As a relative newcomer to the club and the forum, I'm always amazed at the wealth of knowledge contained and offered up here. I bought my first bike with I was 14 and have owned them off and on through the years. Initially dirt bikes, then dirt racing bikes - this was during the transition period from scrambles to motocross. Then mostly high performance street bikes. Due to rapidly declining reflexes, combined with a rapidly expanding wasteline, at 57 I find myself wanting to take the passion I've always had for modern motorcycles and for classic cars and transfer that to classic motorcycles. Time to stop and smell the roses.

Because I've never owned two wheeled iron I'm a babe in the woods here and thought I could only act like a sponge, soaking up all the information I can here, but contibuting nothing except an opinion now and then. But as I've read through most all of the threads/posts here, I did discover that there is something I can contribute here based on the fact that I've worked for fastener manufacturers/importers/distributors most of my adult life. Certainly long enough to know that most mechanics and hobbyists know only enough about fasteners to fill a thimble. Here is my attempt at making a contribution to this forum by giving you some good general rules of thumb regarding fasteners ... for what it's worth:

Bolt - used generically, but in fact most use the word "bolt" when they are dealing with "capscrews". What's the difference? A bolt is an inexpensive, antiquated, lower grade threaded fastener with a hex head, typically non-plated, and designed for use in non-critical applications. They are made only in Grades 1 and 2, with a plain head with just a manufacturer's logo/ trademark. They often had cut threads and were almost always USS/coarse thread.
A capscrew on the other hand has a thin washer face built into the underside of the hex head; comes in various Grades 1, 2, 5, and 8; has a chamfered point for easy thread starting; and usually is plated - (though not always); and has roll-formed threads. Available in both USS/coarse and SAE/fine thread.

Capscrew grades - how to identify. Rule of thumb is to count the number of radial lines on the head of the capscrew and add 2 to identify the grade. For example, a Grade 5 will have three radial lines on the head - three plus 2 = Grade 5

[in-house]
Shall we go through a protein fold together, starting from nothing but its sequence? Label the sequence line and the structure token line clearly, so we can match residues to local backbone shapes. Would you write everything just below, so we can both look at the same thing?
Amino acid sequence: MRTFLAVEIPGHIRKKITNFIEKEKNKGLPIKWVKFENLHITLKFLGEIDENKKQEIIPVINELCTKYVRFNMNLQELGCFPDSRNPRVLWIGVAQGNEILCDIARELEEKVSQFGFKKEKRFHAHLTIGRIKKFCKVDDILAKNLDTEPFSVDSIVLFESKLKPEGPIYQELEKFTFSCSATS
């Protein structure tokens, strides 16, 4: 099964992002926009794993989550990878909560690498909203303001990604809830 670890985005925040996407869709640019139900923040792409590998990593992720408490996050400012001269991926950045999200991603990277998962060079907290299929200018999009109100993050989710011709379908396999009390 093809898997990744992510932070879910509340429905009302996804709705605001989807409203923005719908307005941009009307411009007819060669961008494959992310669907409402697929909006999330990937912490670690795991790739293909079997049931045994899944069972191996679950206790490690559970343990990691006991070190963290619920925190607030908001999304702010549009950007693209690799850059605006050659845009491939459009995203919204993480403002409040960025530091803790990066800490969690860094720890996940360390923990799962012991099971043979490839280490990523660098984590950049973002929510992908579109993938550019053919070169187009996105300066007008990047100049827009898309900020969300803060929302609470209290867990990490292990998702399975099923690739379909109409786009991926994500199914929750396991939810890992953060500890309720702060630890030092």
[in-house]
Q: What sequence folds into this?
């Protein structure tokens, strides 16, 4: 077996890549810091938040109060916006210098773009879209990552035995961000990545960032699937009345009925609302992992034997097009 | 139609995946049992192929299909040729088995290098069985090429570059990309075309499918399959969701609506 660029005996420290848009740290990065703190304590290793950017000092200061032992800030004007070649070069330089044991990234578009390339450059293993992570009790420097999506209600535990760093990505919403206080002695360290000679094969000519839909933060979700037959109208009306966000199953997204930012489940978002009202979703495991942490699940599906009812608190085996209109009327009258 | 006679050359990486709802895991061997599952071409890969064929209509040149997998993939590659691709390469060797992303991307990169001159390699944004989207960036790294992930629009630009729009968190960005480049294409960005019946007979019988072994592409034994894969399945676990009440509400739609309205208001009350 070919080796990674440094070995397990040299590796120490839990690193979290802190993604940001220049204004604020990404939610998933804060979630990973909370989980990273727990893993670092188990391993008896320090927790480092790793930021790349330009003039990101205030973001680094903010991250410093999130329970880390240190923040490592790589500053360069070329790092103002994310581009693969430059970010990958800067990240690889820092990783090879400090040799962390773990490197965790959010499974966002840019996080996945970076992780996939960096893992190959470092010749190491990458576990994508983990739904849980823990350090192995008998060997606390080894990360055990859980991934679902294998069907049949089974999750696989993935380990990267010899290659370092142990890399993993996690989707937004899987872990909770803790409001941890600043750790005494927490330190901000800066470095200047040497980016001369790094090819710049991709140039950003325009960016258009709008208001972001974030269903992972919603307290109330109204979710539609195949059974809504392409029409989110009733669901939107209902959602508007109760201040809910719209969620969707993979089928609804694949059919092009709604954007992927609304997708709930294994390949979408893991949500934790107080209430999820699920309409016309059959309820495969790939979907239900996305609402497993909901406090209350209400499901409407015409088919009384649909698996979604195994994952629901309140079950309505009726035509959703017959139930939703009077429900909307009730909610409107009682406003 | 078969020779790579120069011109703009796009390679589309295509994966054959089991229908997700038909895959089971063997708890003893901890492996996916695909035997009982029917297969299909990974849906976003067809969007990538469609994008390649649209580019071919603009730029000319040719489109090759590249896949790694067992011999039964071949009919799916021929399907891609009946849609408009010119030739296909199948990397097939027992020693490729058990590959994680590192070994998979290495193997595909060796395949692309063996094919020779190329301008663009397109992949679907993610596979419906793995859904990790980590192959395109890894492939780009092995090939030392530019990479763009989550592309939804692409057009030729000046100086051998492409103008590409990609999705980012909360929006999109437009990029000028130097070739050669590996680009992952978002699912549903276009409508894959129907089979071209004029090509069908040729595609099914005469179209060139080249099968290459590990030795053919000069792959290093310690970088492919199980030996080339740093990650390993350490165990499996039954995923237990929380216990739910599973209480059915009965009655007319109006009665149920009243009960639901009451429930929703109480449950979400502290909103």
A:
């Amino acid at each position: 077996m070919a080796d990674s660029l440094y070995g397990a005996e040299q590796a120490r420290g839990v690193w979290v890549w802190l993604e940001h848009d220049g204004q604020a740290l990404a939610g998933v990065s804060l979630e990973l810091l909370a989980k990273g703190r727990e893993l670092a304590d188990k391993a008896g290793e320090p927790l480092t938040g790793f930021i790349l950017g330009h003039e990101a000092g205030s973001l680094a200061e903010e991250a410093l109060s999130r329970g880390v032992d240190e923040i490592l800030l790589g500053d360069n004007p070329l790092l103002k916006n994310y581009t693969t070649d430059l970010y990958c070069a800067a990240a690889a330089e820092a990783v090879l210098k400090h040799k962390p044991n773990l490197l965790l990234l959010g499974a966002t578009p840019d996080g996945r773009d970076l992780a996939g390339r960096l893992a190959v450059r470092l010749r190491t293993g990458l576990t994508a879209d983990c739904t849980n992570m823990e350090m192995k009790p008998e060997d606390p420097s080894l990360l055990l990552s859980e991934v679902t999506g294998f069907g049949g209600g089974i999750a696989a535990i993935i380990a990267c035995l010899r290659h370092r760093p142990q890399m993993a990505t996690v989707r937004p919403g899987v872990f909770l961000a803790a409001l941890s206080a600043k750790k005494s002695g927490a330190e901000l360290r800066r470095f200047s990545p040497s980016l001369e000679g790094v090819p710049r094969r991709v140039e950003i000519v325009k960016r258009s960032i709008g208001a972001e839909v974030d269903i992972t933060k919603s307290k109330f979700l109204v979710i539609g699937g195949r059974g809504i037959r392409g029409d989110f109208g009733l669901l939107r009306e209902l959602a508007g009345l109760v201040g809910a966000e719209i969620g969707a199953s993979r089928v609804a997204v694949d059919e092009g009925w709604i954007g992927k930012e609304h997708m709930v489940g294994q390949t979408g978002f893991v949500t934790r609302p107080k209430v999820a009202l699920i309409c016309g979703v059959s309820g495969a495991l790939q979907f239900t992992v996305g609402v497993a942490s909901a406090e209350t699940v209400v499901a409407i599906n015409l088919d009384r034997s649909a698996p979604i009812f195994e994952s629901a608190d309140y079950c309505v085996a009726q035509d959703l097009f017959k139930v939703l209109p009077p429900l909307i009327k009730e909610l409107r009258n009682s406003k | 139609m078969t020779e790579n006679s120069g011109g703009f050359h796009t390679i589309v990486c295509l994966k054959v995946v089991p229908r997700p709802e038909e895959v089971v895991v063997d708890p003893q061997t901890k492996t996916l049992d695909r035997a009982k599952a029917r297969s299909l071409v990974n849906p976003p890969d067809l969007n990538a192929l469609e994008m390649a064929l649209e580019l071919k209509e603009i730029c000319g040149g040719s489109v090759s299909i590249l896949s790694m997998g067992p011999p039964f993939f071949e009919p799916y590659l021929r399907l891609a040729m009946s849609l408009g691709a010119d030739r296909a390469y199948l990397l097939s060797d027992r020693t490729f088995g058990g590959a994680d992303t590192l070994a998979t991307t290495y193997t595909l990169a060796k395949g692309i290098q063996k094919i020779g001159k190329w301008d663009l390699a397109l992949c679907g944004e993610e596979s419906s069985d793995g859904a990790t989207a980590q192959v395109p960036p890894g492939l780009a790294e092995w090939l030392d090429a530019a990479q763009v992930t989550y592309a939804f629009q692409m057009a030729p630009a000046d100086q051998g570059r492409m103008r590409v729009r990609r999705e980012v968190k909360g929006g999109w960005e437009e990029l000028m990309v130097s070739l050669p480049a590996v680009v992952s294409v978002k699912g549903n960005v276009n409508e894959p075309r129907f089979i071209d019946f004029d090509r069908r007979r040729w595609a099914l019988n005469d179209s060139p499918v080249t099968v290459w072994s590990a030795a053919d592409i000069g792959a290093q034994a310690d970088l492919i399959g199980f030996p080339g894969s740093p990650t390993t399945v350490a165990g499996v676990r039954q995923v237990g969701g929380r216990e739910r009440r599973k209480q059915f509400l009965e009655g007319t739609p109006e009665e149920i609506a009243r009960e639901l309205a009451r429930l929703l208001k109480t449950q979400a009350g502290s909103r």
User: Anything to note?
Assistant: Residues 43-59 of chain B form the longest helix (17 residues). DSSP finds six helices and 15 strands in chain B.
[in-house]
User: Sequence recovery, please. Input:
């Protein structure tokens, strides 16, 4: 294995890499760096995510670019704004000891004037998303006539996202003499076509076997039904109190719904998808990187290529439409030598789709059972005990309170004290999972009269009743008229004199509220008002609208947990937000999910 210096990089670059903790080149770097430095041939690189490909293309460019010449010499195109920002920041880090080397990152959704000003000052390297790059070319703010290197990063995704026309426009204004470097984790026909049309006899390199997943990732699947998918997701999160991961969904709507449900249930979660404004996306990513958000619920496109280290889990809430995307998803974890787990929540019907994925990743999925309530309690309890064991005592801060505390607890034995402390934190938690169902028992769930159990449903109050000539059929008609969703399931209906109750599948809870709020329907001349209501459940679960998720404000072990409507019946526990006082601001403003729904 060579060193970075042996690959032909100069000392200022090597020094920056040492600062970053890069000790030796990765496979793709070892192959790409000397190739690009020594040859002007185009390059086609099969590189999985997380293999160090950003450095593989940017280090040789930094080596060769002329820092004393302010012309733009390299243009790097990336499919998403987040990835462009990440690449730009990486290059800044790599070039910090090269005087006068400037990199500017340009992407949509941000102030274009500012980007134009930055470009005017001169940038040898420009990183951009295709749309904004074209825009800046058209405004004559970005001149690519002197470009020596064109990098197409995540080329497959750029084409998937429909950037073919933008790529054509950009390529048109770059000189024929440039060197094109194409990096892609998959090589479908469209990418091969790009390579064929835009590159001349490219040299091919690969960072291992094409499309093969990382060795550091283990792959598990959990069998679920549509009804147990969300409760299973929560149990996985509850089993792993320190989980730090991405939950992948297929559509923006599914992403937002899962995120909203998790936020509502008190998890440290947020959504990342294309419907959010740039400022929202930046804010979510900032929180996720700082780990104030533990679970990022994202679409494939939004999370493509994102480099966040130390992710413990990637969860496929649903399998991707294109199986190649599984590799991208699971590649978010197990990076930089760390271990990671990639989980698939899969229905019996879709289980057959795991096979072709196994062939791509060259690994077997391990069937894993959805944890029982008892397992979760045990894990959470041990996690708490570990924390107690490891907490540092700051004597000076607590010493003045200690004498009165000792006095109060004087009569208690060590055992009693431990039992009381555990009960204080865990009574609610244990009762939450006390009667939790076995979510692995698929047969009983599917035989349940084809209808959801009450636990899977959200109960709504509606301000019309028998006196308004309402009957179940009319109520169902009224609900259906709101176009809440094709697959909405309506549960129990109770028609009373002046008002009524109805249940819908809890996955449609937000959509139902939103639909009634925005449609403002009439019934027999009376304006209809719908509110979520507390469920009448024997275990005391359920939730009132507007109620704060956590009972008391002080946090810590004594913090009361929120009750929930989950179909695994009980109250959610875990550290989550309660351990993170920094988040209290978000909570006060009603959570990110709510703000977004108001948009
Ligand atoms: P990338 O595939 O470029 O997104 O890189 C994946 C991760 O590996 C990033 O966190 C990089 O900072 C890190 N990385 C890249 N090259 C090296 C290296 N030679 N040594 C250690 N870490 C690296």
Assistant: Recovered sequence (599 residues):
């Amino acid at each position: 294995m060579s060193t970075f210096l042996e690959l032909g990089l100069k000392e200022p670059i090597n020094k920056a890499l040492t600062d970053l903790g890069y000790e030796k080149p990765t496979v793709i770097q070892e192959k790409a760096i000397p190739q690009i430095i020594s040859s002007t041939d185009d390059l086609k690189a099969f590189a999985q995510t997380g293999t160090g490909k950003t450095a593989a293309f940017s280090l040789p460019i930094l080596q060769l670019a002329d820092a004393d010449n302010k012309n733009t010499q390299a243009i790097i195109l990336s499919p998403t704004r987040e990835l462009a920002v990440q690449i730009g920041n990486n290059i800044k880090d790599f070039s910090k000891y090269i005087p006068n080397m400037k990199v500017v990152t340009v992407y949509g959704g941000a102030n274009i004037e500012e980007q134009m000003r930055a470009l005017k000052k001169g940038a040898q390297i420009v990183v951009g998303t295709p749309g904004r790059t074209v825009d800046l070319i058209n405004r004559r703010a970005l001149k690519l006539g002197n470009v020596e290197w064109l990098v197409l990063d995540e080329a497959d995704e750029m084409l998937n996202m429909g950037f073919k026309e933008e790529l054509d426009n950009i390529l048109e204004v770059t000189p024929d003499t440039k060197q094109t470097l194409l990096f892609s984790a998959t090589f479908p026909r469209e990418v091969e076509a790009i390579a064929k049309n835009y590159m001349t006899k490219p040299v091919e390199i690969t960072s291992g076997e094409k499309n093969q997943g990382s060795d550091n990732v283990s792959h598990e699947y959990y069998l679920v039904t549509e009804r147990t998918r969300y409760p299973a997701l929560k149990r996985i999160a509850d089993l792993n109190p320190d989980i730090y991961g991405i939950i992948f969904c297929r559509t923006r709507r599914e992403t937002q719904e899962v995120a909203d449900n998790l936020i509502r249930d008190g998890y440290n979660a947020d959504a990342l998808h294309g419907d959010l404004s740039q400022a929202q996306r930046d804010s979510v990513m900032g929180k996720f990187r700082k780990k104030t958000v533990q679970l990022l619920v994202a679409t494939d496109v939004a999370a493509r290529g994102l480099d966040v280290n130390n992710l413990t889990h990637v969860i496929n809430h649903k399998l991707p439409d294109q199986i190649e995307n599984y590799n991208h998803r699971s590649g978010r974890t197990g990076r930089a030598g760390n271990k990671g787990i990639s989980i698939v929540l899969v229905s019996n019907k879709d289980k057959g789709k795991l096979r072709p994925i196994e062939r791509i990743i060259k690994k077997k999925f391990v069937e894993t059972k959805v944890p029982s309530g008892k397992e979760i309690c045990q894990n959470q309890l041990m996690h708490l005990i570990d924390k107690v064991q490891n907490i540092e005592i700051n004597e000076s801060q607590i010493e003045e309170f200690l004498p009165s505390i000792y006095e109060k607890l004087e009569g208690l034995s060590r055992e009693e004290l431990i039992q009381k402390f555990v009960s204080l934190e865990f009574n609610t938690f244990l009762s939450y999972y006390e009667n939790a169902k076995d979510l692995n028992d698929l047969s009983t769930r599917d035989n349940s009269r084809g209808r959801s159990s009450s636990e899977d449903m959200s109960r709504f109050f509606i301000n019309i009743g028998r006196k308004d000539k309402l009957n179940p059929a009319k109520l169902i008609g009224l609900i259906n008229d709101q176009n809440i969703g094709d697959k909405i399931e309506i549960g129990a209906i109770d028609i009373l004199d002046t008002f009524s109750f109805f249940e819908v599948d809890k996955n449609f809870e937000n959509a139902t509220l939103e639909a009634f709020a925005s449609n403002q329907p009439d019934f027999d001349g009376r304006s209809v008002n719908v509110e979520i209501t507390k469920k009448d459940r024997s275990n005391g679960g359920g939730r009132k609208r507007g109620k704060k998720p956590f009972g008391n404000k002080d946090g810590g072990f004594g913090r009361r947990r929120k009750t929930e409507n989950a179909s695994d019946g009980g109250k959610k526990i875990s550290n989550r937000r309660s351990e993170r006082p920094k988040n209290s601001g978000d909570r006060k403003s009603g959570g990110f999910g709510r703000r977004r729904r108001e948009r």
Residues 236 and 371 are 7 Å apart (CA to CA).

Which grade should use - Always replace a fastener with the same grade that was installed by the OEM. Some mechanics make the mistake of using the "if Grade 5 is good, Grade 8 must be better" mentality. Grade 8 is stronger, but stronger is not always better. In some applications the fastened joint is designed so that the 20 cent fastener fails first, before the $500. casting that it's holding together. Always error on the stronger side if you have no choice, but the best choice is to replace it with the same grade it came with from the factory.

Nuts - also come in various grades; both USS and SAE thread patterns; plated and non-plated. Always match the nut to the grade of the bolt.

Lock washers - come in both alloy and non-alloy; plated and non-plated. Always use alloy with Gr.8 capscrews. Installed against the nut, never against the bolt head.

Flat washers - come in both alloy and non-alloy; plated and non-plated. Always use alloy with Gr.8 fasteners. Both types are available in two distinct styles - USS which has oversized internal and external diameters. SAE - which offer smaller internal and external diameters. The SAE type fits snugly over the capscrew shank, whereas the USS type has a large enough internal diameter that it will usually actually fit over the shank of the next size larger capscrew than what it's made for. Either style can be used, most mechanics gravitate towrds the larger USS style, but anyone familiar with fasteners would advise you to use the SAE style in normal applications.
The flat washer is usually installed only against the head of the capscrew, not aginst a nut.
Here's a bit of trivia you can have fun with your buddies with - do you know that there's a right way and a wrong way to install a flatwasher on a capscrew or bolt? 99% of mechanics don't. If you run your finger around the internal (hole) edge, you'll find that there's a rough square cut side and a chamferred smooth side. The smooth side goes up against the head of the capscrew. Putting the rough, square cut side against the head can potentially cause little scratches in the fillet of the capscrew (fillet is the rounded surface that transitions the shank to the head) that could eventually lead to metal fatique and a stress fracture.

Lock nuts - Although improper for judging purposes on most old iron, under other circumstances you're always better off using a locknut rather than a lock washer and regular nut. When torqued to the proper torque setting, lock washers become nothing more than flat washers and do nothing to prevent the fastener assembly from loosening. Once loosened by vibration, the lock washer may keep the nut from falling off completely but you still have a loose fastener joint that will eventually fail.
Lock nuts come in several styles with the most common being the nylon locknut and the all-metal prevailing torque locknut. The nylon type should not be reused more than once as it looses much of it's locking ability after the first install. Also, not to be used in high heat applications. The all metal type can be reused several times with no appreciable loss in locking value.

Hope that helps someone, somewhere along the line. We can cover other fasteners: metrics / stainless /chrome at another time if anyone wants to know.

Ride it, don't hide it!

Kevin G